Stories Behind the Stones :
Harriet Templeton Lee , Photographer ’ s Model ; Lot # 3277 , Rose Path
Patricia J . Fanning , PhD , Professor of Sociology , Bridgewater State University
Harriet Templeton Lee ( 1892-1900 ) is an unfamiliar name to most but Peggy , as Harriet was called , was a model for famed pictorial photographers and part of one iconic image , Blessed Art Thou among Women , by Gertrude Käsebier . Born in September , 1892 , in Boston , Peggy was the first child of Francis Watts Lee , a printer and photographer , and his wife Agnes Rand Lee , a poet . Both were devotees of the Arts and Crafts movement .
The girl was first photographed by F . Holland Day , who was a family friend and one of the leaders of American Pictorialism . Day ’ s most well-known portrait of Peggy ( figure 1 ), taken in 1898 , has her standing beside the artist ’ s hobnailed leather chair , his theatrical leopard skin draped across it . Peggy wears a spotless white dress with lacetrimmed collar and cuffs . As was his custom , Day placed significant accessories in the composition . In this instance , the portrait of an elderly bearded man sits on the console behind Peggy ’ s left shoulder . Possibly the depiction of some Biblical character , the rather disconcerting image lends a certain solemnity to the tableau , as does the copy of Louis- Maurice Boutet de Manuel ’ s Joan of Arc which Peggy holds . Opened to an illustration of the peasant Joan encountering a vision of her future self , it was likely placed there by Day to suggest a similarly inspirational path for Peggy . This is not the portrait of a girl engaged in frivolous child ’ s play .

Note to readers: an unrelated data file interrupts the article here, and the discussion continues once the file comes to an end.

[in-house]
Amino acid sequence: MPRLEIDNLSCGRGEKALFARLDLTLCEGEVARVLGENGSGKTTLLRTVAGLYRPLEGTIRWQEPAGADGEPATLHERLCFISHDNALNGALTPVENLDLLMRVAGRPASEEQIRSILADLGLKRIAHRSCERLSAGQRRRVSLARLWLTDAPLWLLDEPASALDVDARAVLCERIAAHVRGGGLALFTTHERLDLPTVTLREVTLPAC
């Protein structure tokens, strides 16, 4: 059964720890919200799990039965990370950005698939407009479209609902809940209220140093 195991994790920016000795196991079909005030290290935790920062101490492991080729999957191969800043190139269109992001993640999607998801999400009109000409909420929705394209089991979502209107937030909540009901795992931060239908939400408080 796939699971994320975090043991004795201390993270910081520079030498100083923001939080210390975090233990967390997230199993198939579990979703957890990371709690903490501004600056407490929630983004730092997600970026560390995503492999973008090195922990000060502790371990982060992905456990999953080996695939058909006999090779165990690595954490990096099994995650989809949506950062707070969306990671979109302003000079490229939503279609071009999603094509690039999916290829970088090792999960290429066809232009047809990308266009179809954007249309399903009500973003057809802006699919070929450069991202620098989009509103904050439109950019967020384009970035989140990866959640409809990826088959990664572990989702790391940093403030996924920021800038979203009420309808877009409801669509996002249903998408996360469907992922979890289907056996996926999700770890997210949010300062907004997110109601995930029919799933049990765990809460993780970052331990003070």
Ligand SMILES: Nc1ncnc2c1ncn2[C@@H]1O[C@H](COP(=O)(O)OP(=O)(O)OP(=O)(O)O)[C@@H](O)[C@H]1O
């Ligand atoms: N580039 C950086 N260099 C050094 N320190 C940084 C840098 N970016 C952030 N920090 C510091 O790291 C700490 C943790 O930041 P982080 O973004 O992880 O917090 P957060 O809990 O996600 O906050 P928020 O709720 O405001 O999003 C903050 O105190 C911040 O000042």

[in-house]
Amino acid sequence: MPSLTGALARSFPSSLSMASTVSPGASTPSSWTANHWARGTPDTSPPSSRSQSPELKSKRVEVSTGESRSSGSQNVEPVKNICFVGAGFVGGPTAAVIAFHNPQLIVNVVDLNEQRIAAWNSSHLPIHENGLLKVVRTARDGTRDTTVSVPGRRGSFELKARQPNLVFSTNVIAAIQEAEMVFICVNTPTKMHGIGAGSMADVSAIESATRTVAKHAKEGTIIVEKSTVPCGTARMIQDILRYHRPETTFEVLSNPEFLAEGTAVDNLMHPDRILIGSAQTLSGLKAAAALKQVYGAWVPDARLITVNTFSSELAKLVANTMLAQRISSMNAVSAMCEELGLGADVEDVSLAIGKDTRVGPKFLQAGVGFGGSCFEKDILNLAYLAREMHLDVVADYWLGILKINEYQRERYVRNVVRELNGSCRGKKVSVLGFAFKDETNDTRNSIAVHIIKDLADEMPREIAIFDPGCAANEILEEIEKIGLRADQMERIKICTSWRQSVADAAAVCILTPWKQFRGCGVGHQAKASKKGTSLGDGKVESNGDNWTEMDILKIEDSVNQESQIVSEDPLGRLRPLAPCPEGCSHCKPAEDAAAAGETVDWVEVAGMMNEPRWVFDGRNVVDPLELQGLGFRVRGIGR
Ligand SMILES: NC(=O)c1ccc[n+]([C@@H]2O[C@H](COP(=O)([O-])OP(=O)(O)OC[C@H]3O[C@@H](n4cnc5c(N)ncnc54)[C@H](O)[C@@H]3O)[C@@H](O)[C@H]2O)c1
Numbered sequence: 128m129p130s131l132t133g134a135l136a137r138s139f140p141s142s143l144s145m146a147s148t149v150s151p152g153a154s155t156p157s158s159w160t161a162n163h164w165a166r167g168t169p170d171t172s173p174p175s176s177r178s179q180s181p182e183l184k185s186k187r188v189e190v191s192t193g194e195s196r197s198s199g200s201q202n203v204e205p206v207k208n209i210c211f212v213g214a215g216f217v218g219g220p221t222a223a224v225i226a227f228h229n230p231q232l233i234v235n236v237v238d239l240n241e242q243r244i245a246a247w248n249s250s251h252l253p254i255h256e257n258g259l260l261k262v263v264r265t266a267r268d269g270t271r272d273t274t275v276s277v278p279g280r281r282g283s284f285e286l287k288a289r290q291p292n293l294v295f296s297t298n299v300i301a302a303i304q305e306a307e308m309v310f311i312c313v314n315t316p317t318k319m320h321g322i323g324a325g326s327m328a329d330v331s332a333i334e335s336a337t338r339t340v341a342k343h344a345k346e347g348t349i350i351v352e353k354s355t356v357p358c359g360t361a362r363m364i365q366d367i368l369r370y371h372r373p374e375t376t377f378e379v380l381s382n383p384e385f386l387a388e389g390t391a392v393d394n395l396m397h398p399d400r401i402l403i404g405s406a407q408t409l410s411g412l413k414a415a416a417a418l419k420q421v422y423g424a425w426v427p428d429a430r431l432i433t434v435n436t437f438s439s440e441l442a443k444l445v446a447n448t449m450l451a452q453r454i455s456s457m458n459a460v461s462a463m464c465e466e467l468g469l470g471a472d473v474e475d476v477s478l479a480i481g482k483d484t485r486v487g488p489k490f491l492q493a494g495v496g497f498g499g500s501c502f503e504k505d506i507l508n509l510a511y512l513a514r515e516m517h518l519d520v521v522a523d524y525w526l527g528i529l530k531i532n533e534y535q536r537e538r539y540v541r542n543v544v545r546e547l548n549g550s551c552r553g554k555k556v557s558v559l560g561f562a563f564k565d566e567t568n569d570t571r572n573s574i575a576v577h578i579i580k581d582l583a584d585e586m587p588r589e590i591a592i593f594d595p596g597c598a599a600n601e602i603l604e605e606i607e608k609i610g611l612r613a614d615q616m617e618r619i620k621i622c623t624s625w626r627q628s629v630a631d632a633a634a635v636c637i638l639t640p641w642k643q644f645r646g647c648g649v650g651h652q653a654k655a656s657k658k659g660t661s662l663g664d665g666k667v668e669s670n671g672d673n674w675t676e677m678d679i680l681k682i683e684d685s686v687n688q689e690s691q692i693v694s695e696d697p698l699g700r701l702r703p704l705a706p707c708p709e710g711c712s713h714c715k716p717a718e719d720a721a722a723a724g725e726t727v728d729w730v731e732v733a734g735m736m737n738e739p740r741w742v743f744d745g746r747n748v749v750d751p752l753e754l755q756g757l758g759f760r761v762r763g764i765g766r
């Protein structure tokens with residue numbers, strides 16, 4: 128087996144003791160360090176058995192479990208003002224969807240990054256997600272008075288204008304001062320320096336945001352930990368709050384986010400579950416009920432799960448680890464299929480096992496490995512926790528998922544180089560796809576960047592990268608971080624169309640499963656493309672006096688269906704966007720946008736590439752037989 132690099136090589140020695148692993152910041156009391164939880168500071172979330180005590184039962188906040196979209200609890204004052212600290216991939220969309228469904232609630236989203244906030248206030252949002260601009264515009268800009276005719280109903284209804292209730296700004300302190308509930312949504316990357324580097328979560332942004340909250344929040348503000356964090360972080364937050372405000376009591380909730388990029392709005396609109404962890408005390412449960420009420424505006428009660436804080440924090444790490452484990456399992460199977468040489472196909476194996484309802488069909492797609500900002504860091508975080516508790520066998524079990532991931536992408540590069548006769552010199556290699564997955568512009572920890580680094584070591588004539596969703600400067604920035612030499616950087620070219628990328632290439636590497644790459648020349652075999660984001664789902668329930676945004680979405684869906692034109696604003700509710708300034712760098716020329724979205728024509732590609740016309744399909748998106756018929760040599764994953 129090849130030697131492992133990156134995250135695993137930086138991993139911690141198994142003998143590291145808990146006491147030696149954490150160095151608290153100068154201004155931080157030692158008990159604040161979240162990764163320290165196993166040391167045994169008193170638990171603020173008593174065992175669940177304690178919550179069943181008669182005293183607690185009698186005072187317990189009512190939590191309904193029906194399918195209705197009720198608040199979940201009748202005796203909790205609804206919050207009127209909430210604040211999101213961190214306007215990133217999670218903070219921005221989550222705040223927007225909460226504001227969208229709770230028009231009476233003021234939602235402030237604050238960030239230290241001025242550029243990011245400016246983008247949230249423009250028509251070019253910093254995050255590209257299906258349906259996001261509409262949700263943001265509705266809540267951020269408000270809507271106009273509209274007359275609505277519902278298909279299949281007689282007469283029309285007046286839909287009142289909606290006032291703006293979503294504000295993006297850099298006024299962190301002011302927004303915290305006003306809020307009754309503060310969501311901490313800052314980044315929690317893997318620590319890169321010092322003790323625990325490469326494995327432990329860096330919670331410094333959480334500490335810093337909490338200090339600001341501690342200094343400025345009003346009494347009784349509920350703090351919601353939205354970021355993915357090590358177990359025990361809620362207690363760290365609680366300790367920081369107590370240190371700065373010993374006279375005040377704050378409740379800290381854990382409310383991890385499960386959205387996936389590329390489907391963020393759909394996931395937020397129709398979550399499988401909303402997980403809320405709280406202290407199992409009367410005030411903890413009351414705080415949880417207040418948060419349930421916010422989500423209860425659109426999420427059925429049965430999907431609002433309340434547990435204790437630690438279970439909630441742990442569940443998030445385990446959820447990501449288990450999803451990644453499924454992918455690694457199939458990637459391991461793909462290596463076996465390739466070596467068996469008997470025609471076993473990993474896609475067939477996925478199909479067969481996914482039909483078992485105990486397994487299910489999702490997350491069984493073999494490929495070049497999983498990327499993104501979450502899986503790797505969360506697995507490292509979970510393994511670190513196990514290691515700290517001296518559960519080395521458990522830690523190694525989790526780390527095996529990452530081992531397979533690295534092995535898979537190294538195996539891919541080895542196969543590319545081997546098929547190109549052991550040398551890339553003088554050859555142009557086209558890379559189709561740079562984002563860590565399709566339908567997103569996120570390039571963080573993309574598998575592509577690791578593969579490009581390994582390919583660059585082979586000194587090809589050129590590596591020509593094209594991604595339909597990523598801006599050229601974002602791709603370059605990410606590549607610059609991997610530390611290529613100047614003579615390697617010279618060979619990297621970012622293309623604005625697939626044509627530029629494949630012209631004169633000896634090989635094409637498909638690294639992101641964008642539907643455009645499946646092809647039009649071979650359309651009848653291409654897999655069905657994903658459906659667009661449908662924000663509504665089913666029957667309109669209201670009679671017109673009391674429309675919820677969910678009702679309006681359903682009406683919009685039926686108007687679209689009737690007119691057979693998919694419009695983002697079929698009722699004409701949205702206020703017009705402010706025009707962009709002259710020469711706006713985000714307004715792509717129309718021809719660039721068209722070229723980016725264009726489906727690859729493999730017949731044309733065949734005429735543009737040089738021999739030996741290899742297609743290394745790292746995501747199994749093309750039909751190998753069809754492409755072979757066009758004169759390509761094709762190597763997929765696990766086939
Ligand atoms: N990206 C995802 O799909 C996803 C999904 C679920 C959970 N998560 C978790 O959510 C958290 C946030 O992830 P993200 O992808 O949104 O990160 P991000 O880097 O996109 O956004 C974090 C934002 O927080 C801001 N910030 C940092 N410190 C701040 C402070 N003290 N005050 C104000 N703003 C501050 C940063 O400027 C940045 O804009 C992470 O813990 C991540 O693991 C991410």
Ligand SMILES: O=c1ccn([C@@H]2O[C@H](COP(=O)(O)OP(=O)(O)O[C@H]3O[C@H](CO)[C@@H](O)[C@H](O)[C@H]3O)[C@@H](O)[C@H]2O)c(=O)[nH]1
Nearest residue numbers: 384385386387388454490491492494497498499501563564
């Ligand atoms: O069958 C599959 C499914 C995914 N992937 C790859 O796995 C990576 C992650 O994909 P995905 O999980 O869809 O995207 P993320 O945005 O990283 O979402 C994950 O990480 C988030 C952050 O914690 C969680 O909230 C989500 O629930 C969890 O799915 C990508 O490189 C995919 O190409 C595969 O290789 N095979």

Instead , she stands straight-backed , gravely challenging the camera , seemingly ready to meet whatever life brings .
For Käsebier ’ s famed Blessed Art Thou among Women ( figure 2 ) the camera appears to be surreptitiously recording a private moment . Of course the cumbersome equipment and intricate lighting requirements of the age made the unplanned creation of such a photograph impossible . According to Käsebier , however , she asked the two to hold a pose she had previously witnessed . Agnes , relaxed and comfortable as she turns her head away from the camera , braces one hand on the door frame while the other rests on her daughter ’ s shoulder . The child , meanwhile , is drawn to her full height , heels together , hands at her side , staring determinedly past the viewer .
It is a flawless composition in color , tone , and shape . The varying shades of white , Agnes ’ s billowing gown and Peggy ’ s brightly starched collar and cuffs , and the light tones of the background wall and painted door frame play off one another . In addition , the textures of the varied fabrics – the ethereal yet voluminous dress of the mother contrasted with the depth and solidity of the girl ’ s attire – and the rounded forms of the figures in counterpoint to the rectilinear doorway and the elongated cropping of the image itself result in an eloquent balance of pattern and shape . More significant , Käsebier has sympathetically
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